H Uemura et al, 2013, Consumption of coffee, not green tea, is inversely associated with arterial stiffness in Japanese men. European Journal of Clinical Nutrition, published online ahead of print.

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BACKGROUND/OBJECTIVES: Studies on the associations between coffee and green tea consumption and arterial stiffness are rare. This study evaluated the possible relationships between coffee and green tea consumption and brachial-ankle pulse wave velocity (ba-PWV) values in Japanese men.
SUBJECTS/METHODS: In total, 540 eligible men who enrolled in the baseline survey of a cohort study in Tokushima Prefecture, Japan, and who underwent ba-PWV measurement were analyzed. Information about lifestyle characteristics including coffee and green tea intake were obtained from a structural self-administered questionnaire. Multiple linear regression analyses were used to evaluate the associations between coffee and green tea consumption and ba-PWV.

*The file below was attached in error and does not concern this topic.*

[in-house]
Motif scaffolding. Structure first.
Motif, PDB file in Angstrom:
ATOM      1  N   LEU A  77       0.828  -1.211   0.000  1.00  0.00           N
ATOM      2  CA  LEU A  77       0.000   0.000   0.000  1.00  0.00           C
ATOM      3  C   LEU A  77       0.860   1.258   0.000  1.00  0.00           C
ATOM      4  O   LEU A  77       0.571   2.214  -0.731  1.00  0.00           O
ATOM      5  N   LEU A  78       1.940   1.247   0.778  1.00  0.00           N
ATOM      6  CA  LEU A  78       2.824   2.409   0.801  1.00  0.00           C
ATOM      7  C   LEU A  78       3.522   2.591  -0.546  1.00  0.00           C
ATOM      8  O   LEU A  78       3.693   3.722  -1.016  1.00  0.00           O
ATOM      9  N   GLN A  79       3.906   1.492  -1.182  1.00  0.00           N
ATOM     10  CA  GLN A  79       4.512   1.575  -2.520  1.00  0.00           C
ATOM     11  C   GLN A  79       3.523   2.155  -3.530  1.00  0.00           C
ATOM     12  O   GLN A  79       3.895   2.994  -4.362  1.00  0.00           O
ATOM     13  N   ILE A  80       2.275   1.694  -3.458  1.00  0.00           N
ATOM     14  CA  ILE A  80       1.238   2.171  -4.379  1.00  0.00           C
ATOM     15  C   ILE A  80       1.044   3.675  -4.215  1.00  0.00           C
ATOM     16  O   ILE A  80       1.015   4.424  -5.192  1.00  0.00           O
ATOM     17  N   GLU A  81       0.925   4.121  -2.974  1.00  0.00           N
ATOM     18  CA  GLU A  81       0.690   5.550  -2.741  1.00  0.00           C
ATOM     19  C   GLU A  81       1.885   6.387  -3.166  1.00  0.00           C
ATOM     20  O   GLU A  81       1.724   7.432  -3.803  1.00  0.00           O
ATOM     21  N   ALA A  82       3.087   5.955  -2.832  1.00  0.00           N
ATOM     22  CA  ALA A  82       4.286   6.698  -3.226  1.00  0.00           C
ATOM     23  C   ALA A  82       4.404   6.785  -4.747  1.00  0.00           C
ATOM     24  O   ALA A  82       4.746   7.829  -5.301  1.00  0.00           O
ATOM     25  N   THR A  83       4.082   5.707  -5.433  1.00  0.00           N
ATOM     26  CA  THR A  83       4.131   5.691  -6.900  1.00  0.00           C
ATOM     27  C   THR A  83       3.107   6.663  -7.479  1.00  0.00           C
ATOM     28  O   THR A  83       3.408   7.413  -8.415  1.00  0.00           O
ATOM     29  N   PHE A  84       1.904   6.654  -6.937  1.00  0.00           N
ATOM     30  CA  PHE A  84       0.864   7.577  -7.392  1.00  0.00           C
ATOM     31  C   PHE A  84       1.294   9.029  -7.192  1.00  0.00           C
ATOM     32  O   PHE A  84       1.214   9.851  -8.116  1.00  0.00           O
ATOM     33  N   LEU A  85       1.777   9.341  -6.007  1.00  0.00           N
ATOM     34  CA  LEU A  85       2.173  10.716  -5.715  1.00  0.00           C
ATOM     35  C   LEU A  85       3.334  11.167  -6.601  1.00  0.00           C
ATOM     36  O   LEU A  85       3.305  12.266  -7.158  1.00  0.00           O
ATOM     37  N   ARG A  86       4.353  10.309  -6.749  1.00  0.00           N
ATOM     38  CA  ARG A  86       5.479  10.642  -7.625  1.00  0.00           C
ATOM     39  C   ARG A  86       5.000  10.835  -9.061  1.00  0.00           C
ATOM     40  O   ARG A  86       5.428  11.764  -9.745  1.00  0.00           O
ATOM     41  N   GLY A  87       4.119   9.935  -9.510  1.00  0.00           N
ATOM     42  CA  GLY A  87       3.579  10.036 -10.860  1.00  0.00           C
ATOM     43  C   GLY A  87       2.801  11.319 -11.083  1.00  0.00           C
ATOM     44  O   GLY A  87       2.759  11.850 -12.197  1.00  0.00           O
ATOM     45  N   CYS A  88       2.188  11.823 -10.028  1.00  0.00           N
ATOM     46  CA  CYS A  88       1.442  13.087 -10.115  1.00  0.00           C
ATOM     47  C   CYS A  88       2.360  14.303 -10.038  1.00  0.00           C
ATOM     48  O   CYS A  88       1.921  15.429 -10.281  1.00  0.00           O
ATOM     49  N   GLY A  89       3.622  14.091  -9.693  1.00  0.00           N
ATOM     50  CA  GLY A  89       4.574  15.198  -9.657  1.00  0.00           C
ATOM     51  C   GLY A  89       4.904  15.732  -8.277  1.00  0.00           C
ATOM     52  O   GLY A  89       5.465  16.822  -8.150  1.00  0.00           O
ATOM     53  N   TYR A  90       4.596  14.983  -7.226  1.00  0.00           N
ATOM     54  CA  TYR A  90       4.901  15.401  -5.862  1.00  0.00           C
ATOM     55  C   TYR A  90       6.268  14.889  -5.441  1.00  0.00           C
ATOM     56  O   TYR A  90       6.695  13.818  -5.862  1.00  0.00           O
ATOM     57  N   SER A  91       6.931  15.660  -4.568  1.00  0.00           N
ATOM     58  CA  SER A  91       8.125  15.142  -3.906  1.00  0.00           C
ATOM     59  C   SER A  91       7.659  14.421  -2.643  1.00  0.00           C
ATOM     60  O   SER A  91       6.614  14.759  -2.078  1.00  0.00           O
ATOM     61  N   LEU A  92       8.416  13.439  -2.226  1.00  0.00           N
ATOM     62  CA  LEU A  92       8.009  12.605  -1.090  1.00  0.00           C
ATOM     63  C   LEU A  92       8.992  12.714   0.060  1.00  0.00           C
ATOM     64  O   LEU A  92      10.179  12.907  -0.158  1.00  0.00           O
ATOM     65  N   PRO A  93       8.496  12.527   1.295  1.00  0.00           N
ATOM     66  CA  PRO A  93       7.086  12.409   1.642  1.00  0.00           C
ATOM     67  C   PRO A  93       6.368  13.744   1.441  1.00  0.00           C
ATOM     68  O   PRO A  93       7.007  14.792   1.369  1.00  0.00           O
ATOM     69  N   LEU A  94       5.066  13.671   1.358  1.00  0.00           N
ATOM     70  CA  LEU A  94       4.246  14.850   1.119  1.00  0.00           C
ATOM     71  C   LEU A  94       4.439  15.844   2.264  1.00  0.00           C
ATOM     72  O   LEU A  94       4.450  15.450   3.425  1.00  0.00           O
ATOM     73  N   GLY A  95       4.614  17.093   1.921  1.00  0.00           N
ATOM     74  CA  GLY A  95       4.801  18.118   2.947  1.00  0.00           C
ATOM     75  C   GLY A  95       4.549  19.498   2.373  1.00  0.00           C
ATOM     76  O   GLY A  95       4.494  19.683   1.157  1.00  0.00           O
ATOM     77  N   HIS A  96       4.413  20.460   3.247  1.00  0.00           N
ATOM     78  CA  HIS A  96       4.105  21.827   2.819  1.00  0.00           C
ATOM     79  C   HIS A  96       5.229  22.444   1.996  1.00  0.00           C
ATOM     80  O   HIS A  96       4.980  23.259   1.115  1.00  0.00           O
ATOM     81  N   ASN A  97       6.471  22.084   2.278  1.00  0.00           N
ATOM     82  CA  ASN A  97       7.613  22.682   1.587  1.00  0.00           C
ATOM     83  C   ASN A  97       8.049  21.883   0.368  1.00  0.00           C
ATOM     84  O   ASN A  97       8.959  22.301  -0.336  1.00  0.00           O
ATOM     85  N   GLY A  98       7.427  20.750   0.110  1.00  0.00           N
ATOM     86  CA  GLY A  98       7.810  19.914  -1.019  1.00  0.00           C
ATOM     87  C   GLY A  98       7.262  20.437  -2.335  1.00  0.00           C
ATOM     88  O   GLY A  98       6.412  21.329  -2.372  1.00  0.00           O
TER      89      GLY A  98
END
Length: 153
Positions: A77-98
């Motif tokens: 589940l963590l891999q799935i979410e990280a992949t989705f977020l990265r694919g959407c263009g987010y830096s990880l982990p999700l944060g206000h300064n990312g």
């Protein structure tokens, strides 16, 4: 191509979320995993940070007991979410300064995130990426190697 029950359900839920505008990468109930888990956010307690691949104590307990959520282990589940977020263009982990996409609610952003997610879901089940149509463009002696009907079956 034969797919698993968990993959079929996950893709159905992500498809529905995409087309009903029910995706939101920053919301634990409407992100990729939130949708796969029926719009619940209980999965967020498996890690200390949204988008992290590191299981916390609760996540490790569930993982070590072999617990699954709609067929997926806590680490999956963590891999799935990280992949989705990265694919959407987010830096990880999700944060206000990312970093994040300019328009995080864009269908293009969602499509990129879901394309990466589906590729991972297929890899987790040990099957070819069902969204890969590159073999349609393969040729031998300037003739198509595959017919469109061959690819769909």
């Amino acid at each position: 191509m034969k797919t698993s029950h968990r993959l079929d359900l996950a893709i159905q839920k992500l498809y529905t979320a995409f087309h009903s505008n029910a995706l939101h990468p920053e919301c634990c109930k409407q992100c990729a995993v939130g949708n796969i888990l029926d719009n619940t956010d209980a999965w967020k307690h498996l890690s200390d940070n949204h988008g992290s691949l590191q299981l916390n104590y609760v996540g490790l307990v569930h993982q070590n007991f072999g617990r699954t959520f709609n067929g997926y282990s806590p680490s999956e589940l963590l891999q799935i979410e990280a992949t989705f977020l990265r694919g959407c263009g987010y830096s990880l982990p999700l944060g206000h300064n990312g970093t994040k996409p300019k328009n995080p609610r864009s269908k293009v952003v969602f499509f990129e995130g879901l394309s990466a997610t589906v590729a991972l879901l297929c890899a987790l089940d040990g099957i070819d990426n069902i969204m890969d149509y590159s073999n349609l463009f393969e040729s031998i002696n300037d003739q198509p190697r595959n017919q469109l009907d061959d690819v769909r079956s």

RESULTS: Subjects with greater coffee consumption were younger and showed higher proportions of current smoking and alcohol consumption. Subjects with greater green tea consumption were older and showed lower proportions of current smoking and alcohol consumption. Greater coffee consumption was significantly inversely associated with ba-PWV after the adjustment for probable covariates, including serum low-density lipoprotein cholesterol and high-density lipoprotein cholesterol (P for trend =0.031). After additional adjustment for serum triglycerides, this inverse association persisted, but was somewhat attenuated (P for trend =0.050). In contrast, green tea consumption was not associated with ba PWV.
CONCLUSIONS: Coffee consumption was inversely associated with arterial stiffness independent of known atherosclerotic risk factors, and this association was partly mediated by reduced circulating triglycerides. Further prospective or interventional studies are needed to confirm the causal association.

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